Ice cream is too good a thing not to share with everyone, do you agree? Today I would also like to extend the “party” to vegan friends and those who are dairy intolerant (in all their forms) and explain how to make good ice cream without using dairy products and eggs.
Although they are called “milks,” soy milk, rice milk, almond milk, etc., are water-based beverages made by steeping soybeans, rice, ground almonds, etc., respectively, and adding enzymes, sugars or other substances, in common with milk they mostly have color and nutrients values, but not the taste. Technically, vegan ice cream made with these alternative milks cannot be called a true cream ice cream, but rather a “fatty sorbet.”
The term “cream ice cream” (as tradition dictates) does indeed denote a mixture basically based on milk and cream, but when it comes to vegan recipes you understand that we are already in another world.
In this post, however, we will see how to replace every ingredient in a “regular” cream ice cream to make it vegan for all intents and purposes!
Balancing traditional ice cream
To be well-balanced, a milk-based ice cream must meet the following parameters.
- Sugars should be between 16% and 22%.
- Fats should be between 5% and 12%
- Low-fat milk should be between 7% and 12%
- The other solids (fiber, protein,…) should be between 0% and 5%
- Total solids should be between 35% and 40%
- AFP (antifreeze power) should be between 26 and 33
- SP (sweetening power) should be between 17% and 20%.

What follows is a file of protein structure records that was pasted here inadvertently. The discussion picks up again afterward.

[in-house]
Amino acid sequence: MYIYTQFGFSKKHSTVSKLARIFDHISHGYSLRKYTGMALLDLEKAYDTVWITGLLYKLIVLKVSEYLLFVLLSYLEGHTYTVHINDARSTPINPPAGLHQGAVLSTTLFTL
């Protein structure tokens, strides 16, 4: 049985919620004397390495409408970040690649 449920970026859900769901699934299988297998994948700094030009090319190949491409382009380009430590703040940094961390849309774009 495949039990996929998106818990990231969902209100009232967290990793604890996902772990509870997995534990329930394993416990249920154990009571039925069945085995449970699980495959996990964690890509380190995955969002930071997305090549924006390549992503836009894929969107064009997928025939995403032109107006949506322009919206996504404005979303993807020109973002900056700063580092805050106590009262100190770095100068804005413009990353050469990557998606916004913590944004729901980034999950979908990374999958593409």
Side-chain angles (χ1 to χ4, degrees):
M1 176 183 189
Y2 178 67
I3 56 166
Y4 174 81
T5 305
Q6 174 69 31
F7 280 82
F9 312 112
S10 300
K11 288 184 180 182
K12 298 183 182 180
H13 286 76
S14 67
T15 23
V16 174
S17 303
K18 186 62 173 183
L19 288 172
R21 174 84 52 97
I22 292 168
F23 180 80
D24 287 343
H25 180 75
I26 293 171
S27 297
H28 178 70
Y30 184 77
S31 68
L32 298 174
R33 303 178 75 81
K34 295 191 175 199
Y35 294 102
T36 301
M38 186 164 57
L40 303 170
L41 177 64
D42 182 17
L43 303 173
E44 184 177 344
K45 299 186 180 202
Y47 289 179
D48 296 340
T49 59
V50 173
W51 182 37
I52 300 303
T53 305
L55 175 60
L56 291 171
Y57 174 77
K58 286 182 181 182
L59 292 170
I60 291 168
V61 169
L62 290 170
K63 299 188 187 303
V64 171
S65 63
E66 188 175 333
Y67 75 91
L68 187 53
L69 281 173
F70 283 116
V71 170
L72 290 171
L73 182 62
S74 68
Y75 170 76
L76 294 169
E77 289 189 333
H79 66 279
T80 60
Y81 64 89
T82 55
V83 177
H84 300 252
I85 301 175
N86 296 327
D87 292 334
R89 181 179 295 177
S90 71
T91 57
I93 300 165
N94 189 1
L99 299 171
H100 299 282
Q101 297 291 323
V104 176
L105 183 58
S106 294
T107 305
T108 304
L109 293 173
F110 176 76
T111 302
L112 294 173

These ranges are approximate and each ice cream maker adapts them to his own taste and experience.
A vegan ice cream can meet almost all of these criteria, except for the part about non-fat milk solids, also called “NFMS”, which consist mainly of lactose (the milk sugar), protein and minerals.
What role do NFMS play in ice cream?
Nonfat milk solids, which are represented by low-fat milk powder in recipes, play a key role in ice cream for the following 3 reasons
- They help absorb free water molecules by stabilizing the mixture (in this they “lend a hand” to the stabilizers)
- They help give structure by imparting creaminess to ice cream
- They facilitate the incorporation of air (overrun) during whisking (when the mixture is in the ice cream maker)
How do you substitute NFMS in vegan ice cream?
Milk powder substitutes
We are pretty much at the main problem with our ice cream. Since we do not use dairy products, we will obviate the task of NFMS by using one of the following options (or a combination of them)
- Plant fibers, which are also increasingly being used by ice cream makers as a replacement for traditional thickeners and emulsifiers.
- Inulin (2% to 5% use is recommended)
- Citrus fibers (1-3%)
- Baobab flour (5-10%)
- Bamboo fibers (5-10%)
- Plant protein, often derived from legumes or potatoes.
- Soy protein (3-5%)
- Pea protein (3-5%)
- Potato protein (3-5%)
Of all the alternatives probably inulin is undoubtedly one of the best in terms of availability and also because it does not leave the “cardboardy” aftertaste of pea protein (for example).
As NFMS (recommended percentage between 7% and 12%) are dropped and replaced by fiber and protein (which are considered “other solids”), in balancing a vegan ice cream it will be advisable to have
- Other solids between 7% and 17% (instead of 0% to 5%)
- And of course NFMS = 0%
Cow’s milk will then be replaced by one of the following drinks
- Water (the less fatty alternative but one that will not add aftertaste of rice, soy, almonds, etc. and will more enhance the flavor of the main ingredient in your ice cream)
- Soy milk (a food drink made by steeping soybeans in water and later filtered)
- Rice milk (food drink by letting rice grains macerate in water and later filtered and enriched with enzymes and thickening substances)
- Almond (or nuts, cashew or similar) milk (sweet drink made by steeping ground almonds in water and straining afterward)
These milks have % fat and % sugar quite similar to cow’s milk, but the taste alas is not quite the same.
How to bring in fat without cream?